This is the background and conclusions of the actual study which was in the Pediatrics magazines.July 2,2012 .

BACKGROUND: The use of physical punishment is controversial. Few studies have examined the relationship between physical punishment

and a wide range of mental disorders in a nationally representative sample. The current research investigated the possible link between harsh physical punishment (ie, pushing, grabbing, shoving, slapping, hitting) in the absence of more severe child maltreatment (ie, physical abuse, sexual abuse, emotional abuse, physical neglect, emotional neglect,

exposure to intimate partner violence) and Axis I and II mental disorders.

CONCLUSIONS: Harsh physical punishment in the absence of child maltreatment is associated with mood disorders, anxiety disorders, substance

abuse/dependence, and personality disorders in a general population sample. These findings inform the ongoing debate around the use of physical punishment and provide evidence that

harsh physical punishment independent of child maltreatment is related to mental disorders. Pediatrics 2012;130:1–9

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Thanks Nance - that is way more clear.

Spanking OK, but HARSH punishment (pushing, grabbing, shoving, slapping, hitting) - BAD.

Make sense to me. Did we really need a study for that???

Maybe next they will do a study on whether we are better off with good government vs bad :ecstatic:

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I was interested in the part about shoving and hitting your child, like slapping them around we know you don't beat them up and kick them but physically hitting on them in ways besides a proper spanking on the bottom until they reach a certain age, shouldn't take place and one reason is the effects in later years.

I don't think Jehovah would approve of us smacking them around all the time,as the actual study says repeated stress from such harsh treatment results in various mental disorders. Maybe a parent would not be held accoutable by the congregation or the law for it but knowing the effects should make a parent stop doing it to their child.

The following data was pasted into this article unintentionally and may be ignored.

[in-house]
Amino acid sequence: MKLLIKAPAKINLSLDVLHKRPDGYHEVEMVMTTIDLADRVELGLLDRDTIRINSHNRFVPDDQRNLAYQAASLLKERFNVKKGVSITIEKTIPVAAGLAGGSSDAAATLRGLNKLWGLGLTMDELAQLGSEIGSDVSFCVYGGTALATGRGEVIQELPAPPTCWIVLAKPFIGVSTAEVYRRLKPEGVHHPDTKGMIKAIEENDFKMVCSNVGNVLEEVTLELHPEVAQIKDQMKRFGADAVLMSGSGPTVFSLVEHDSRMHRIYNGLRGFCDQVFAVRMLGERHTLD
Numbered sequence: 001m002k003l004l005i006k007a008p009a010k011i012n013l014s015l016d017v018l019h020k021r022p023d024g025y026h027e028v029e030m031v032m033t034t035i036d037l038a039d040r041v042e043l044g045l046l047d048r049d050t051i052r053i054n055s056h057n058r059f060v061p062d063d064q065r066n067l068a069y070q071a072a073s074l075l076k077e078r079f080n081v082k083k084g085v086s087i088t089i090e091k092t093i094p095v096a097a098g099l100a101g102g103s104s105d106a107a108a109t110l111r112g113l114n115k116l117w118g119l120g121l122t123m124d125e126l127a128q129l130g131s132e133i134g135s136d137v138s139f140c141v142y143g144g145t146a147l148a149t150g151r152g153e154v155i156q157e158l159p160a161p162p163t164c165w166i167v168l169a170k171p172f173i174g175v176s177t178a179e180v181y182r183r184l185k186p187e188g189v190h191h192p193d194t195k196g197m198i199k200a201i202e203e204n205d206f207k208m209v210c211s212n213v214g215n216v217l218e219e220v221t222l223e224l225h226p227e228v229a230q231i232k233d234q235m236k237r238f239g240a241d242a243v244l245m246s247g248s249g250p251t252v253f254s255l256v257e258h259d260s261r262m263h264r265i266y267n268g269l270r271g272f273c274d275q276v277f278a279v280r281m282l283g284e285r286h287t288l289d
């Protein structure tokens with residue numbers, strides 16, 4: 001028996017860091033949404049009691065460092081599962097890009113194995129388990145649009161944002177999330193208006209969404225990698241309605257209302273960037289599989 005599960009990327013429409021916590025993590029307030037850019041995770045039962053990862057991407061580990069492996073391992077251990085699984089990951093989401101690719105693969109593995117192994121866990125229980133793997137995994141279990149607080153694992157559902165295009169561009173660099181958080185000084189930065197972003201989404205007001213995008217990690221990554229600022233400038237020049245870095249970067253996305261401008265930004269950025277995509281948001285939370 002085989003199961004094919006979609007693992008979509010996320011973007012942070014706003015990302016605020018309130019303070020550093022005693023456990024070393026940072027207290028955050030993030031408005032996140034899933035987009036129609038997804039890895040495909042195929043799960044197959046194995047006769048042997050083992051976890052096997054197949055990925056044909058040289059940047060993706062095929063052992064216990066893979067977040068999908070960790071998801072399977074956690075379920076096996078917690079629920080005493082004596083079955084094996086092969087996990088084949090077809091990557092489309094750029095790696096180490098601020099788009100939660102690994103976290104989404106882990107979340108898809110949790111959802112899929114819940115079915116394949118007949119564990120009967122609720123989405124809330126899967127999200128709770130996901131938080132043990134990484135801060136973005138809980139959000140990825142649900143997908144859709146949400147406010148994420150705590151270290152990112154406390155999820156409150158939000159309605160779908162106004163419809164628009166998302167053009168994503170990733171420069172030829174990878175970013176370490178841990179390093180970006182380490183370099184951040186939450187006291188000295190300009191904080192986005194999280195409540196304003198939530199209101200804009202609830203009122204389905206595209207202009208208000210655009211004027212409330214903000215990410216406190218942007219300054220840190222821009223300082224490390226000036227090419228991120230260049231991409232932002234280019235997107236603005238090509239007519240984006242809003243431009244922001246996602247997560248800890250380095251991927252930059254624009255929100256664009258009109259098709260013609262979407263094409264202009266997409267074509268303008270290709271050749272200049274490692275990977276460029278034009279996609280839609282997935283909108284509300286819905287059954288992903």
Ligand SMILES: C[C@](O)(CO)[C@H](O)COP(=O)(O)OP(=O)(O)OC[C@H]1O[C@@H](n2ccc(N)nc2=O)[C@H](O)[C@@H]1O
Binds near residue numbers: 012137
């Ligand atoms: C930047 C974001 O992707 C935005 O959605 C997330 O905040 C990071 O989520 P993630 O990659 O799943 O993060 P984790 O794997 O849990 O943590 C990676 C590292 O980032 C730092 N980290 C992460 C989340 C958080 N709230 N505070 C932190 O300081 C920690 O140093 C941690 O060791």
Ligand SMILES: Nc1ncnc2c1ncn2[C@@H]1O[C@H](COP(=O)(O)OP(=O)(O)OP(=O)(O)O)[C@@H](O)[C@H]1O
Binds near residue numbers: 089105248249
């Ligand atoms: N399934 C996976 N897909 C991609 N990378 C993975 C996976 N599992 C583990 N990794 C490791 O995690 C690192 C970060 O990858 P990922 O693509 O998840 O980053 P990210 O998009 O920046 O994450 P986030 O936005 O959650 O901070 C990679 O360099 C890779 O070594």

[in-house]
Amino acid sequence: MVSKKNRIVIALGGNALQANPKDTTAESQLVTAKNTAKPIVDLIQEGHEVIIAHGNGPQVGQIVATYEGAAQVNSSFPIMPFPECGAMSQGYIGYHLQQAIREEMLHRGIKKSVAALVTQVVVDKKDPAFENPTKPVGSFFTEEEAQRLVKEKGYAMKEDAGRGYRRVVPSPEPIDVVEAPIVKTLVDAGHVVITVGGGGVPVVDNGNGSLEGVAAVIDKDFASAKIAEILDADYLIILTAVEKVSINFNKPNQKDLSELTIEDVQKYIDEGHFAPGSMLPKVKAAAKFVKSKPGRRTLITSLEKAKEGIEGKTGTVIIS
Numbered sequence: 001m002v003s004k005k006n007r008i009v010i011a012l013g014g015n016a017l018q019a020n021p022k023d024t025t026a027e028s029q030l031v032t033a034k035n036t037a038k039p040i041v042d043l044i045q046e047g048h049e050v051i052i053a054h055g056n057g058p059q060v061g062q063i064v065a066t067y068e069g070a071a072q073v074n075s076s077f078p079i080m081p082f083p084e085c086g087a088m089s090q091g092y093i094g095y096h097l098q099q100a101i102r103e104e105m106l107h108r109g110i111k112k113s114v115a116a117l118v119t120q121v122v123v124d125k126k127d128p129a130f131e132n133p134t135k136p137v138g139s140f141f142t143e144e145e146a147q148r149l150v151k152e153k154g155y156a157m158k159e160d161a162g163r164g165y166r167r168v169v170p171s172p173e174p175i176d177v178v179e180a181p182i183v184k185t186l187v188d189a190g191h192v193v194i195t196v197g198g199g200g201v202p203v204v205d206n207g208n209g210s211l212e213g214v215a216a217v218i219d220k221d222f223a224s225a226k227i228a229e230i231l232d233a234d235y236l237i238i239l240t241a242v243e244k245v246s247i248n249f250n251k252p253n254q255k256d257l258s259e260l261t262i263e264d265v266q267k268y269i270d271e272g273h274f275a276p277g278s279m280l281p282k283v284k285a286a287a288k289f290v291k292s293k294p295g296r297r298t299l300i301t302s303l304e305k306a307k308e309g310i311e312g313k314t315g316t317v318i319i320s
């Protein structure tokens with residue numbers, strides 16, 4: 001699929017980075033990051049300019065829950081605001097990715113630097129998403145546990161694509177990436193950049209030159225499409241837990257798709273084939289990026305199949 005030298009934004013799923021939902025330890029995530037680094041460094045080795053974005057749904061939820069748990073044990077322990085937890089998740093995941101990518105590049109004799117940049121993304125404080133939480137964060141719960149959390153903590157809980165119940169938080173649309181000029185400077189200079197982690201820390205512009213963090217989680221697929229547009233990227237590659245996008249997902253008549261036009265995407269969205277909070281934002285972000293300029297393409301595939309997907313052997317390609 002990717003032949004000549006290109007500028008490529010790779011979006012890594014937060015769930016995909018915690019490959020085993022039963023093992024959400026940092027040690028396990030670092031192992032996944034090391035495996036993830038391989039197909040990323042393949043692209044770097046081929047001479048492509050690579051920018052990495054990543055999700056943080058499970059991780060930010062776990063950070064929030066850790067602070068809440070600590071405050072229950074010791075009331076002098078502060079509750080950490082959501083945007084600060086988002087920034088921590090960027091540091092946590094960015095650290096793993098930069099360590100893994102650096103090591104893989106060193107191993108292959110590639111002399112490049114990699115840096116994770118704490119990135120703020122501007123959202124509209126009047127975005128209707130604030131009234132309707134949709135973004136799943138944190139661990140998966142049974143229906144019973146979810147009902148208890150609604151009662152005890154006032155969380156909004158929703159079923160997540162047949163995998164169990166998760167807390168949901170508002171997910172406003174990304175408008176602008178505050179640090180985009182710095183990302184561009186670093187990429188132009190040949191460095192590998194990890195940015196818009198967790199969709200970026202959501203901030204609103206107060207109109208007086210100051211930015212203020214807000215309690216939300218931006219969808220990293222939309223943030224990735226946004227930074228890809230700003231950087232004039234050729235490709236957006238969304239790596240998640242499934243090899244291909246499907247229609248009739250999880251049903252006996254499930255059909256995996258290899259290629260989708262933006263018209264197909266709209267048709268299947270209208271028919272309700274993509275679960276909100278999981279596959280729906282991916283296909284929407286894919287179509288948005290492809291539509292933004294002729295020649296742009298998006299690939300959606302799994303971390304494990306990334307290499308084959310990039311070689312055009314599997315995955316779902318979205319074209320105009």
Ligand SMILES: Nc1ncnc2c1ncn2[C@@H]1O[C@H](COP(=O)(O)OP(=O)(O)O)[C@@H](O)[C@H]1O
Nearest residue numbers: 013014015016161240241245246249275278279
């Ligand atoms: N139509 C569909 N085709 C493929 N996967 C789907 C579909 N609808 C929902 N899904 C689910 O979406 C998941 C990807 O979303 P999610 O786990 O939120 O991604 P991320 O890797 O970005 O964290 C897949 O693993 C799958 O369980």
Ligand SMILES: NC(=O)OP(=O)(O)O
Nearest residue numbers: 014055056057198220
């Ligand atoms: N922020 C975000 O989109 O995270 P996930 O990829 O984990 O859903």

Some people,like me for example never learned the proper bounderies of such things as punishing your child.Then you marry someone and he has a whole different view of what punishment is according to how he was knocked around all the time.It is a big issue,the proper punishment of children.

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Speaking from my own personal experience, spanking/hitting a teenager is not effective at all. It makes them angry, simple as that. For me, I was scared/depressed and had no confidence in myself at all. I felt unloved and unwanted, and totally alone.

A little swat on their behind when they are young can be effective, even though I personally never did that myself to my kids. The problem with spanking is if you do it too much, the kids no longer fear it, they are so use to it, it is a way of life for them. I know some parents who spank for every little thing the kid does. Sometimes I will hear them say "if you keep that up, I'm gonna spank you" then I hear the kids respond "so, you spank us all the time already" And these kids are brats!

Kids need to be disciplined, that is a fact, but you can raise kids successfully without spanking. The problem with many parents today is that they don't spank and they don't punish/discipline at all. Kids are allowed to do whatever the want without any form of punishment.

If you choose not to spank your child, you need to find a successful form of punishment that will replace the spanking.

http://www.watchtower.org/e/20061101/article_02.htm

One of my favorite quotes from this article:

"With regard to discipline, the Bible states: “The rod and reproof are what give wisdom.” (Proverbs 29:15) However, not all children need physical punishment. Proverbs 17:10 tells us: “A rebuke works deeper in one having understanding than striking a stupid one a hundred times.”